America is a messed-up place. We’ve got big problems: the Covid-19 pandemic, climate change, trigger-happy police, Donald Trump, and a zillion other problems. Most young people are pessimistic about their futures. Things are looking pretty sucky nowadays.

We can, at least, look forward to a probable Blue Tsunami in November that will sweep the Republican Party out of power. But there’s just enough of a chance that the Republicans will hold on to enough power to prevent us from solving our problems. Worse, they’ll probably return to power in the future and will do everything possible to ruin this country. Thus, the long-term outlook for America, while not necessarily catastrophic, will not inspire any happy-go-lucky songs.

The problem is a fundamental flaw in the American Constitution: it awards far too much power to rural states. The populations of these states are less well-informed and more conservative than the urban states. They are preventing the changes this country desperately needs.

Amending the Constitution is not a plausible option: the rural states will never relinquish the excessive power they hold. Why should they?

I think I’ve figured out a solution to this conundrum. Here’s how it works.

First, a group of blue states announce their intention to form an Interstate Compact. This compact will create an Interstate Regional Authority — which will ultimately become a new national government. The founding members of this IRA would, I expect, be California, Oregon, Washington, Illinois, New York, Massachusetts, Connecticut, Vermont, and Maine. Possible other members would be Florida, Texas, Pennsylvania, Michigan, and Colorado. Roughly speaking, the founding members would be “Blue States”.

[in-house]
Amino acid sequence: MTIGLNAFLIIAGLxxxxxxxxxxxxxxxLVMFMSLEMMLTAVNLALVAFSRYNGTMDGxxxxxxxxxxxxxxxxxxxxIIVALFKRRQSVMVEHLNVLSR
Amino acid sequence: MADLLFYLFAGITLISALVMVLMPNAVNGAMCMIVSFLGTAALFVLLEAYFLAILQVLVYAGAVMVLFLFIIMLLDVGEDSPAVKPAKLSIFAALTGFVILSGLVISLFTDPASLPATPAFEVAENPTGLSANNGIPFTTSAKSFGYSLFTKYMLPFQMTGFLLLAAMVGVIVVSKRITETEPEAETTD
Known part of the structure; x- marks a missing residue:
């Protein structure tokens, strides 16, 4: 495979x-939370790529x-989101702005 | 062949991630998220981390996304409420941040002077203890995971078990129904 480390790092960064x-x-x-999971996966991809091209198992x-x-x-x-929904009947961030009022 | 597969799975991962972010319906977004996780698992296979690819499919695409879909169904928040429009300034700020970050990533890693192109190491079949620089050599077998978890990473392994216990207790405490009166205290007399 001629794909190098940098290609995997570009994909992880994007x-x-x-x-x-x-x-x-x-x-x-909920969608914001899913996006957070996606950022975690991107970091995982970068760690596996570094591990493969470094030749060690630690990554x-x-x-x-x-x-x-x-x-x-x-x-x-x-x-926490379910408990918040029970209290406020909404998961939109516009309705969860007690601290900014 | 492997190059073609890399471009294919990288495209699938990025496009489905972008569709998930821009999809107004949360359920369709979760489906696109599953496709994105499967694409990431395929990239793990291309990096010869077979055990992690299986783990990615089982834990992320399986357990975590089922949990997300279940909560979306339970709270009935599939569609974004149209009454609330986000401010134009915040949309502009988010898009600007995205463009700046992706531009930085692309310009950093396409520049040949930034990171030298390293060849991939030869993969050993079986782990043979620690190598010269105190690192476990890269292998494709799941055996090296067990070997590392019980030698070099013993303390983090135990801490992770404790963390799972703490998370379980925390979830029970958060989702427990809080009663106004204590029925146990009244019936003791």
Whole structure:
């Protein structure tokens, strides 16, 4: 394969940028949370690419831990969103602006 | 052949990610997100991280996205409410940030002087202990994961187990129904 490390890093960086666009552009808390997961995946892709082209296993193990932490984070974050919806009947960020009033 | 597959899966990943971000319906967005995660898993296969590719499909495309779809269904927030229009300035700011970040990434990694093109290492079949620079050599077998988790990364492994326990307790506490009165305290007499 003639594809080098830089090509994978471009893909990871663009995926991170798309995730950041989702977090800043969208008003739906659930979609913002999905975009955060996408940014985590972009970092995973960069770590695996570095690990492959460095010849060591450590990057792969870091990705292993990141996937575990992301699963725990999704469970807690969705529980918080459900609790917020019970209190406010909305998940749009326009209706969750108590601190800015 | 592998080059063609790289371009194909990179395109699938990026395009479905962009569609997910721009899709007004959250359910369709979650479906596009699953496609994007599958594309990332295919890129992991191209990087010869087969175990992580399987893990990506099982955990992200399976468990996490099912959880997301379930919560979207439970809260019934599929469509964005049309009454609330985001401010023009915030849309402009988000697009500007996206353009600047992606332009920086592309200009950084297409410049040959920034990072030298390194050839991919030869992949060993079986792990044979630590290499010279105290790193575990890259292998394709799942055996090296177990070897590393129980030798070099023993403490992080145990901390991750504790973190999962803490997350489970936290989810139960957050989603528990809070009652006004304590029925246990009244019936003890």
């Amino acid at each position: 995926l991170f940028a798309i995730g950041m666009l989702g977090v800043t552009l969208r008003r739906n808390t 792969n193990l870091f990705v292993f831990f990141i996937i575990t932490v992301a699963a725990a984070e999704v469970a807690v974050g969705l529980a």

The IRA would be governed by a standard parliamentary system. Citizens of member states would vote by party, not by candidate. There would be, say, 300 members of the parliament, and each party would be awarded seats in the parliament in direct proportion to the total number of votes it garnered. We’d want a threshold of, say, 5 seats, below which a party gains no seats, because lots of small parties tend to make compromises impossible. The party with the most seats after an election would have the power to form a government by cobbling together a coalition of parties that controls a majority of seats. The government then makes all the decisions, determining budget, taxation — everything. Of course, if the government screws up, a parliamentary vote of no confidence can be called at any time and, if the government loses that vote, it is dissolved and new parliamentary elections are held. There are many more elements of a proper parliamentary system, but this is the basic structure.

The founding document of the Interstate Compact would be, in effect, a constitution, and it would include some of the elements of the Bill of Rights. It would also establish many agencies that parallel those of the current Federal government such as a federal court system with a Supreme Court.